Charles E. Crutchfield III, M.D. “stands on the shoulders of giants” as the progeny of generations who have held education in high regard and become great contributors to Minnesota society. His grandfather held a master’s degree in public health, and his grandmother, whom he describes as a “spectacular woman,” was the first African-American teacher in the Minneapolis public school system. He remembers being her first grandchild, and therefore her star pupil, for whom she made a game of learning. His father, Dr. Charles Crutchfield Sr., became the first African-American obstetrician to practice in Minnesota and is credited with the delivery of more than 10,000 babies.
Dr. Crutchfield also enjoys the unique distinction of having attended medical school – twice. His first time through was with his mother, Dr. Susan Crutchfield, who was pregnant with him while she was earning her medical degree from the University of Minnesota Medical School. Little Charles was just 3 years old when she graduated in 1963, one year ahead of the Civil Rights Act. She was the first African-American woman and, at the time, the youngest person ever to graduate from the University’s medical school.
Of course, it was a given that Dr. Crutchfield would follow his esteemed parents to a career in medicine. He admits, however, that after an agonizing genetics exam early in his undergraduate education at Carleton College, he began to question his future as a doctor. He consoled himself by trudging off to a local theater to see the movie “Top Gun,” and was inspired to become not just a pilot, but a military aviator. He passed the military flight aptitude test with flying colors and was admitted to flight school.
“The truth is, I was a terrible pilot, and I had a fear of killing myself,” he said. He wisely gave medicine a second look, and the 60,000 patients who rely upon him today are glad he did.
Dr. Crutchfield chose dermatology after taking a gastrointestinal class in med school and learning that a particular skin condition was a clue to diagnosing stomach cancer. “I was fascinated that by looking at the skin, you could know what’s going on inside the body,” he recalled. “I have dyslexia, but I have an almost photographic memory for images. For me, dermatology is not only fun, but it’s relatively easy because I love images and pattern matching.”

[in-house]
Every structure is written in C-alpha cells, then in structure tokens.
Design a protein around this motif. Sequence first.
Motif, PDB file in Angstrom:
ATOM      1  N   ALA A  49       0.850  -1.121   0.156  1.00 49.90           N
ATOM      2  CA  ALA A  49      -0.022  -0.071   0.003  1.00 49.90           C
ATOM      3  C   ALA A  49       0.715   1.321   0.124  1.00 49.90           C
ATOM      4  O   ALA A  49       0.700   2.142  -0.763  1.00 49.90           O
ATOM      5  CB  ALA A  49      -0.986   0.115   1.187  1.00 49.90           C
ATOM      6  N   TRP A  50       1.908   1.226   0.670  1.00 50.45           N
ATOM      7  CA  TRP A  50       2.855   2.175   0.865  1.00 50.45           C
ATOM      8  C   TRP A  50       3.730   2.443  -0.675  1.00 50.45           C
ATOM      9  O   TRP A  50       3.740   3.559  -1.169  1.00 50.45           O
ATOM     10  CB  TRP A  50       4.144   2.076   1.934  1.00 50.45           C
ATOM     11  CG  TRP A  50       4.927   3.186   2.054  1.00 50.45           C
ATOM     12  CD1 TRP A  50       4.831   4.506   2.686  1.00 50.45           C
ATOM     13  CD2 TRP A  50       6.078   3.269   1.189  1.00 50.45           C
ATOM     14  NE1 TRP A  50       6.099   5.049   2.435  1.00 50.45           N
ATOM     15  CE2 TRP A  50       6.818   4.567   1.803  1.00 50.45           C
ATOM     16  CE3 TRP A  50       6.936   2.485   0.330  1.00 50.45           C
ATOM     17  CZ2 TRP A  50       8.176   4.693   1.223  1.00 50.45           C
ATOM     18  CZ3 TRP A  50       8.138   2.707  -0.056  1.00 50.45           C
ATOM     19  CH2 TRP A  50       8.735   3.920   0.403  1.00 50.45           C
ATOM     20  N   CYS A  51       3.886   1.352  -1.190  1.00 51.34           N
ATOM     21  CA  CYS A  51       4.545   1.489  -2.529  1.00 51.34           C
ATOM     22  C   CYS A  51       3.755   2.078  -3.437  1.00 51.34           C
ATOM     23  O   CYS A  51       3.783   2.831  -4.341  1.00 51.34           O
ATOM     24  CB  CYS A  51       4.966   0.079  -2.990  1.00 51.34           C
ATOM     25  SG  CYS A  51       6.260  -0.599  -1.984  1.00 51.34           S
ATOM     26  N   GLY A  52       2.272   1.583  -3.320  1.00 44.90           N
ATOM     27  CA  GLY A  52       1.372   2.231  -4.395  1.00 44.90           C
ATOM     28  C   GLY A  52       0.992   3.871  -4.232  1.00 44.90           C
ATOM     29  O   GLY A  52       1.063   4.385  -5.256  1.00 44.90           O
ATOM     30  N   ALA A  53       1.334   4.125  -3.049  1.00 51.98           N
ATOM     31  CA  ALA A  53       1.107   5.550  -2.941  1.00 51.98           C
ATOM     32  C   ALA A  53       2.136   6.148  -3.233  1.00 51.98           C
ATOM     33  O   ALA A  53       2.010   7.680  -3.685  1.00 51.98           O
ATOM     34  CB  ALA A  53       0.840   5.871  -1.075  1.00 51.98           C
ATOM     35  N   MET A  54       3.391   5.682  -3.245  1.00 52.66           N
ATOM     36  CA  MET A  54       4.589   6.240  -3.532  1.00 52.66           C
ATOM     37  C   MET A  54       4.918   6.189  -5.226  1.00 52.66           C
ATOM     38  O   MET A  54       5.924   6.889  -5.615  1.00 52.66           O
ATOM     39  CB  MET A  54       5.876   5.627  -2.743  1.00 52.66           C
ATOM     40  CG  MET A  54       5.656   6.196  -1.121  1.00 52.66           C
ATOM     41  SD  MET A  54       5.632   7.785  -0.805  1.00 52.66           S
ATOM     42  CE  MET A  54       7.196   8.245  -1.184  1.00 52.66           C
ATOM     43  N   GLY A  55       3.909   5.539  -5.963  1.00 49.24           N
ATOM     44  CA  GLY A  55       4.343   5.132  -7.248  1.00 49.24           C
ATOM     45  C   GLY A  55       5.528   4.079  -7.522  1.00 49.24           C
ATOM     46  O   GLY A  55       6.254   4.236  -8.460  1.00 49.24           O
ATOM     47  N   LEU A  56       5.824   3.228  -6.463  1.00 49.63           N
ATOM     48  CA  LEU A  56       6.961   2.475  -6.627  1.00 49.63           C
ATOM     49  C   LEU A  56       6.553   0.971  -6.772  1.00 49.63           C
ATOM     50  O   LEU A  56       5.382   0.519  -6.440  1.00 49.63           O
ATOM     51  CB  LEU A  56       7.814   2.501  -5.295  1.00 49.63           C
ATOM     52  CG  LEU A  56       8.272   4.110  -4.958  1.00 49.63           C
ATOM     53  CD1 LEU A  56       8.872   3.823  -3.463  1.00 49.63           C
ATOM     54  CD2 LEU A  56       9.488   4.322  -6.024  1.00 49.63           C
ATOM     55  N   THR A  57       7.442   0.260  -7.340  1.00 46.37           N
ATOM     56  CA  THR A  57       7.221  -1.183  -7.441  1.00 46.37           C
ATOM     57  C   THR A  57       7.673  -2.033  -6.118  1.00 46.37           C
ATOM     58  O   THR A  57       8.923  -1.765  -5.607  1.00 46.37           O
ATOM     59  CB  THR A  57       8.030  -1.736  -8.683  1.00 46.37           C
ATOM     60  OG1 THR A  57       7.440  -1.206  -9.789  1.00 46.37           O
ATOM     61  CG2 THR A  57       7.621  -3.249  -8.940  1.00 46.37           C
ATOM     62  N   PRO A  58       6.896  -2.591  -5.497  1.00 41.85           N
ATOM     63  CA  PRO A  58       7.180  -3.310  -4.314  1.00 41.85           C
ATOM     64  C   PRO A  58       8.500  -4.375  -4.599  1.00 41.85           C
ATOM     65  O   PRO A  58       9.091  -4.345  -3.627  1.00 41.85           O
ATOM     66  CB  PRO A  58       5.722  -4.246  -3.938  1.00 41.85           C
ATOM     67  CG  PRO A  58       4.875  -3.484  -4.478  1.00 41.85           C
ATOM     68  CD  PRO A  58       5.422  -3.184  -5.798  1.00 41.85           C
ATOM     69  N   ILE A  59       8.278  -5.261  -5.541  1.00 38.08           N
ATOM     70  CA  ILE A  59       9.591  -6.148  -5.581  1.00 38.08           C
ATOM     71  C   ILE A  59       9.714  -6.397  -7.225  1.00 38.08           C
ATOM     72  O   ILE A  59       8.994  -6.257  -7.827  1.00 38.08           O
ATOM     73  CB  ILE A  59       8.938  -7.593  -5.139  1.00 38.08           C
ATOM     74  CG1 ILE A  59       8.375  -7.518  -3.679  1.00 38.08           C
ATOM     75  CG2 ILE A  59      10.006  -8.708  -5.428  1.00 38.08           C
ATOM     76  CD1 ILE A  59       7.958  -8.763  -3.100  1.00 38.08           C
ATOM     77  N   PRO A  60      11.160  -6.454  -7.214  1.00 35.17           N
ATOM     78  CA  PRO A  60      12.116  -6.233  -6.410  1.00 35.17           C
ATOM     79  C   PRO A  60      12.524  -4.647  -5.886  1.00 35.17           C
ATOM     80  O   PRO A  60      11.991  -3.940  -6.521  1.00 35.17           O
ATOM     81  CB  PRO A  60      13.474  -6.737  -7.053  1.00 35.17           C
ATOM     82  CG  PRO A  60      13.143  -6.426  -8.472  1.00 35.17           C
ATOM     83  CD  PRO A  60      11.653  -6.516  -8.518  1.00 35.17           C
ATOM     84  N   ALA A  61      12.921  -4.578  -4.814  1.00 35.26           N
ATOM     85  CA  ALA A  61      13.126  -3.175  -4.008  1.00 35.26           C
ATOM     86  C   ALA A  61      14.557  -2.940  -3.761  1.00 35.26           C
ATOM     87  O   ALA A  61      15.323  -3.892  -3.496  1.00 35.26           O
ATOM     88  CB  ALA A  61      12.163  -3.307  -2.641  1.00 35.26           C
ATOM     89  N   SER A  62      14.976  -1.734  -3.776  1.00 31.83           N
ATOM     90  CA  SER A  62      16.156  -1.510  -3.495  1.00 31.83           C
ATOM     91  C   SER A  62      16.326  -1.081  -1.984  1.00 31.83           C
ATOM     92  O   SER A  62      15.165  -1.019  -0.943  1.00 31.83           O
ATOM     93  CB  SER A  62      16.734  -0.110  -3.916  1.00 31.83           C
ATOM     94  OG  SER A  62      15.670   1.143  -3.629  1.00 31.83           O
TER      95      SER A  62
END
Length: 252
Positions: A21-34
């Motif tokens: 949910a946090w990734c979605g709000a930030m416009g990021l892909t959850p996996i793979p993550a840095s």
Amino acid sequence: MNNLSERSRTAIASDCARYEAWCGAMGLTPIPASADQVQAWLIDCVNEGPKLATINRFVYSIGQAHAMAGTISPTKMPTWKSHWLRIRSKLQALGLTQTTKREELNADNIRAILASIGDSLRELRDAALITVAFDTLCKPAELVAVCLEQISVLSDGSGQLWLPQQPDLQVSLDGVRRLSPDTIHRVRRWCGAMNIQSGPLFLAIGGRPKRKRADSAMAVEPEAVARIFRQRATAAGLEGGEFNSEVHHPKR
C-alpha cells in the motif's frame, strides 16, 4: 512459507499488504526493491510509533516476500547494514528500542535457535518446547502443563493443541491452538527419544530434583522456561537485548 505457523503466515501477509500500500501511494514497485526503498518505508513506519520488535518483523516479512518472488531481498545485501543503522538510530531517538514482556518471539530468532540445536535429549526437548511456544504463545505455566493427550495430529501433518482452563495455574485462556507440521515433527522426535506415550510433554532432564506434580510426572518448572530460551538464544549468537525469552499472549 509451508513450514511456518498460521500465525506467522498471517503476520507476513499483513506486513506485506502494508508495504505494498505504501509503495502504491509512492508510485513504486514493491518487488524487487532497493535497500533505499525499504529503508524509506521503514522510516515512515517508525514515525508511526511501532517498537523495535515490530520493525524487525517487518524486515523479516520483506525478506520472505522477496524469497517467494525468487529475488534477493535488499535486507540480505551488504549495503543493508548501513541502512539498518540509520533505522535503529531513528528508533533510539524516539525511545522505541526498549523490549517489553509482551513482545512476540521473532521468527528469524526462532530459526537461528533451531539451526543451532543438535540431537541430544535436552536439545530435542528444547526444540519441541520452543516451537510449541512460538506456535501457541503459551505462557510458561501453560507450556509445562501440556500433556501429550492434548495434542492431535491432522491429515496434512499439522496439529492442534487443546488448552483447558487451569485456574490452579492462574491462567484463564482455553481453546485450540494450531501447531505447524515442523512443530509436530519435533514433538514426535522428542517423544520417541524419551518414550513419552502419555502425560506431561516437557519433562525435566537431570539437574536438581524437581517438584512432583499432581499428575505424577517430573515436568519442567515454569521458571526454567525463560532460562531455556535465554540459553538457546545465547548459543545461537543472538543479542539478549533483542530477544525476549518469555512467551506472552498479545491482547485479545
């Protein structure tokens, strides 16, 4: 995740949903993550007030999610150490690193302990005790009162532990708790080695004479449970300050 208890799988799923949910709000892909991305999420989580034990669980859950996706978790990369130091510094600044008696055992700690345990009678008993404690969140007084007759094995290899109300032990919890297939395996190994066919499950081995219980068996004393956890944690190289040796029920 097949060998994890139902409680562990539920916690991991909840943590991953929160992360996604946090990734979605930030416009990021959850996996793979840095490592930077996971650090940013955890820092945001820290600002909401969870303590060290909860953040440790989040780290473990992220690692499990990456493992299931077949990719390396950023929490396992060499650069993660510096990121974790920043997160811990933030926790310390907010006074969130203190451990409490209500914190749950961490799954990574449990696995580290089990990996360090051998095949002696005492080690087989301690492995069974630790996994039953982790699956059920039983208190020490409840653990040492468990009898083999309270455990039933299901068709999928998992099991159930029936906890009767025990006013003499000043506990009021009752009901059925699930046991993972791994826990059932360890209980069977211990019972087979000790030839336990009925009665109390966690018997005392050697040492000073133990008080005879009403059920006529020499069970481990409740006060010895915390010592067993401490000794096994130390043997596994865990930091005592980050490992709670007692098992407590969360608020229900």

Dr. Crutchfield made use of his natural aptitudes and embraced his calling. After graduating with his medical degree from Mayo Clinic, he completed an internship at the Gundersen Clinic, his dermatology residency at the University of Minnesota, and then he immediately joined Dermatology Consultants, a well-known St. Paul dermatology practice. But after attending a lecture discussing a new practice paradigm that called for a dedicated nurse in every exam room, freeing physicians to spend all their time seeing patients, the enthusiastic young Dr. Crutchfield presented the idea to his colleagues and received a lukewarm reception.
Departing on the friendliest of terms and with a great deal of respect for his dermatology consultant colleagues, Dr. Crutchfield opened his own practice only three months later with the help of his advisers at Healthcare Management Resources. He was overjoyed when most of his patients followed him, and on his first day in business he saw nearly 50 patients.
Dr. Crutchfield has since become nothing short of a local celebrity, as a board certified dermatologist who has earned professional and civic accolades too numerous to mention. The fact that the Vikings’ U.S. Bank Stadium is barely large enough to contain all his patients in one seating is a testament to the quality of care he and his staff are providing. (He also happens to be the team dermatologist for the Minnesota Vikings, Twins, Wild and Timberwolves organizations.)
His two-pronged practice is composed of medical dermatology and aesthetic dermatology. In his medical dermatology practice, Dr. Crutchfield treats a full range of skin conditions and is a globally recognized authority on the treatment of skin of color. He has saved thousands of lives through detection and treatment of melanoma and other life-threatening diseases.
In his aesthetic practice, he is among the top 1 percent of Botox-administering physicians in the world, having administered a staggering 900,000-plus units of the medicine – despite his “less is more” credo. However, aesthetic dermatology isn’t all fluff . Improving one’s appearance can significantly impact self-esteem and enhance personal and professional relationships.
“For example, some people come to me for Botox because they have a deep crease between their eyes that makes them look angry. I can erase that, and they feel great because people actually perceive them differently.”